We would have wanted to see how the Secretary of Semantics would successfully explain how Mar Roxas could effectively function as chief of staff (a virtual Little President) while Paquito Ochoa functioned as executive secretary (also a virtual Little President). But the president deprived us of the interesting spectacle by appointing Roxas DOTC secretary, instead.
Indeed, a Secretary of Semantics fits perfectly in our culture, which demands a win-win resolution of every conflict. It certainly takes a semantical contortionist to make everybody happy.
Only a Secretary of Semantics could have advised Jojo Binay on how to make the anti-Marcos factions happy while making the Ilocanos and Marcos family happy, too.
Furthermore, only a Secretary of Semantics can:
* Persuade the Moro separatists to accept the authority of the Philippine government while making them believe they enjoy sovereignty as a separate state.
* Explain the presence of U.S. military forces in the country, while vouching that the Constitutional provision against it is being respected.
* Rationalize how the Philippines can claim full independence from America and full capabilities against foreign aggression, while actually depending on the U.S. for financial and military aid.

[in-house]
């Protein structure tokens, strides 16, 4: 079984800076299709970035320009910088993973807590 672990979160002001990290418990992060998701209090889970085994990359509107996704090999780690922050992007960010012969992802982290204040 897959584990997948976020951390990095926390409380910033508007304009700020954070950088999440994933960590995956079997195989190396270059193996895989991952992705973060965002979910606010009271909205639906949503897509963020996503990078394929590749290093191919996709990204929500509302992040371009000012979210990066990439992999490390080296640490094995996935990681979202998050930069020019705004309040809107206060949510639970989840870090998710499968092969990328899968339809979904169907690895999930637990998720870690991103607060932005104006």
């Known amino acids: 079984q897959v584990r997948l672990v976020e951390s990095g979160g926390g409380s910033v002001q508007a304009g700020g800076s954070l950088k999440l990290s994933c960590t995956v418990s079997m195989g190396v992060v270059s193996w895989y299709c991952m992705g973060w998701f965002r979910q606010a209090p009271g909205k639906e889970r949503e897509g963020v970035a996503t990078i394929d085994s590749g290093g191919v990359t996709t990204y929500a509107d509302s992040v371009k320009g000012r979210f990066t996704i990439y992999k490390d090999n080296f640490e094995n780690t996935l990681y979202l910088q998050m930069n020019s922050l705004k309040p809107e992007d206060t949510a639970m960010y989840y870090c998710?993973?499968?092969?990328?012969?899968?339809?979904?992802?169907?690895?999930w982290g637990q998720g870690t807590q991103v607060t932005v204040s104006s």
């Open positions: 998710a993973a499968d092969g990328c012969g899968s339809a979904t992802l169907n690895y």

* Rationalize a system of justice that favors thieves in office and sends whistle-blowers to jail; incarcerates VIPs and allows them freedom of movement outside jail; clears a supreme court justice of plagiarism and puts the blame on the computer program; and declares midnight appointments invalid, except in the case of the midnight-appointed Chief Justice.
It takes a Secretary of Semantics to explain all of that to a perpetually perplexed populace.
Incidentally, the United States could use the expertise of the Secretary of Semantics to explain how it plans to honor its defense commitment to the Philippines while keeping its hands off China’s bullying of our country.
And Congressman Manny Pacquiao could use the advise of the Secretary of Semantics to explain how he can diligently represent his Sarangani constituents in Congress while actually spending his time in the U.S. training for his fights.
It’s still uncertain how the Secretary of Semantics can persuade the Catholic Church that its opposition to the RH bill will be given due course, while Congress actually passes the controversial piece of legislation.
But leave it to the Secretary of Semantics to make black appear white and white look black.
By the way, Truman had other ideas in his memo which Noynoy Aquino might find useful. Truman’s memo adds:
“I have appointed a Secretary for Columnists. His duties are to listen to all radio commentators, read all columnists in the newspapers from ivory tower to lowest gossip, coordinate them and give me the result so I can run the United States and the world as it should be. I have several able men in reserve besides the present holder of the job, because I think in a week or two the present Secretary for Columnists will need the services of a psychiatrist and will in all probability end up in St. Elizabeth’s.
Of course, adding a Secretary for Columnists to the current structure of the communications group could further complicate it. I can almost see Edwin Lacierda’s favorite columnists renaming the palace team, The Four-Headed Hydra.
But then, as the Secretary of Semantics can tell you, four heads are better than none.